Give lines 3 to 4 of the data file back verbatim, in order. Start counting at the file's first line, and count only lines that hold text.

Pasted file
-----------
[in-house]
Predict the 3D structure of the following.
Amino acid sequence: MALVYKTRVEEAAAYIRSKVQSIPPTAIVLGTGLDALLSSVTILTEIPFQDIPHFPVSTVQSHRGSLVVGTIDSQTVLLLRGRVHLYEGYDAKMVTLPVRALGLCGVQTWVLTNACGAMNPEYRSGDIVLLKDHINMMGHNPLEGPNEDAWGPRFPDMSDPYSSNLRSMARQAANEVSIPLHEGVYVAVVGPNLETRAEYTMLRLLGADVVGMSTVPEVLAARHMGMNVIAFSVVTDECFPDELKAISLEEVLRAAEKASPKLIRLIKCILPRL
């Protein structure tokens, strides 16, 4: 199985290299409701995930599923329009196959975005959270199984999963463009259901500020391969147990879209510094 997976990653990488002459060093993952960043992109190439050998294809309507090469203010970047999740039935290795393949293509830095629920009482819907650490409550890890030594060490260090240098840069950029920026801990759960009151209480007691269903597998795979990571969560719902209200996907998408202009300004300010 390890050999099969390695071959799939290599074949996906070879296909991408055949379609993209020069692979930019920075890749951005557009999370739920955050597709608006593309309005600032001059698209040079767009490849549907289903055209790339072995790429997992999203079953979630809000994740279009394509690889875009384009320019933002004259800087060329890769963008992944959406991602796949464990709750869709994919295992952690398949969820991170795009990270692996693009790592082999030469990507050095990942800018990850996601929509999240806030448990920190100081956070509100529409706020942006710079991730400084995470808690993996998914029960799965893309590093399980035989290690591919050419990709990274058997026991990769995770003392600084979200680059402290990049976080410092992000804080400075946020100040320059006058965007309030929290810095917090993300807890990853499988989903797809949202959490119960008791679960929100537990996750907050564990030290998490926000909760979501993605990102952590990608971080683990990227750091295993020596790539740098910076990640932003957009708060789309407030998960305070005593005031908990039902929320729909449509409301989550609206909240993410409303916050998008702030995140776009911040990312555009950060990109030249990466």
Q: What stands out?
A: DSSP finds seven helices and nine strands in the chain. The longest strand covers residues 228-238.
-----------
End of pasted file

Amino acid sequence: MALVYKTRVEEAAAYIRSKVQSIPPTAIVLGTGLDALLSSVTILTEIPFQDIPHFPVSTVQSHRGSLVVGTIDSQTVLLLRGRVHLYEGYDAKMVTLPVRALGLCGVQTWVLTNACGAMNPEYRSGDIVLLKDHINMMGHNPLEGPNEDAWGPRFPDMSDPYSSNLRSMARQAANEVSIPLHEGVYVAVVGPNLETRAEYTMLRLLGADVVGMSTVPEVLAARHMGMNVIAFSVVTDECFPDELKAISLEEVLRAAEKASPKLIRLIKCILPRL
């Protein structure tokens, strides 16, 4: 199985290299409701995930599923329009196959975005959270199984999963463009259901500020391969147990879209510094 997976990653990488002459060093993952960043992109190439050998294809309507090469203010970047999740039935290795393949293509830095629920009482819907650490409550890890030594060490260090240098840069950029920026801990759960009151209480007691269903597998795979990571969560719902209200996907998408202009300004300010 390890050999099969390695071959799939290599074949996906070879296909991408055949379609993209020069692979930019920075890749951005557009999370739920955050597709608006593309309005600032001059698209040079767009490849549907289903055209790339072995790429997992999203079953979630809000994740279009394509690889875009384009320019933002004259800087060329890769963008992944959406991602796949464990709750869709994919295992952690398949969820991170795009990270692996693009790592082999030469990507050095990942800018990850996601929509999240806030448990920190100081956070509100529409706020942006710079991730400084995470808690993996998914029960799965893309590093399980035989290690591919050419990709990274058997026991990769995770003392600084979200680059402290990049976080410092992000804080400075946020100040320059006058965007309030929290810095917090993300807890990853499988989903797809949202959490119960008791679960929100537990996750907050564990030290998490926000909760979501993605990102952590990608971080683990990227750091295993020596790539740098910076990640932003957009708060789309407030998960305070005593005031908990039902929320729909449509409301989550609206909240993410409303916050998008702030995140776009911040990312555009950060990109030249990466």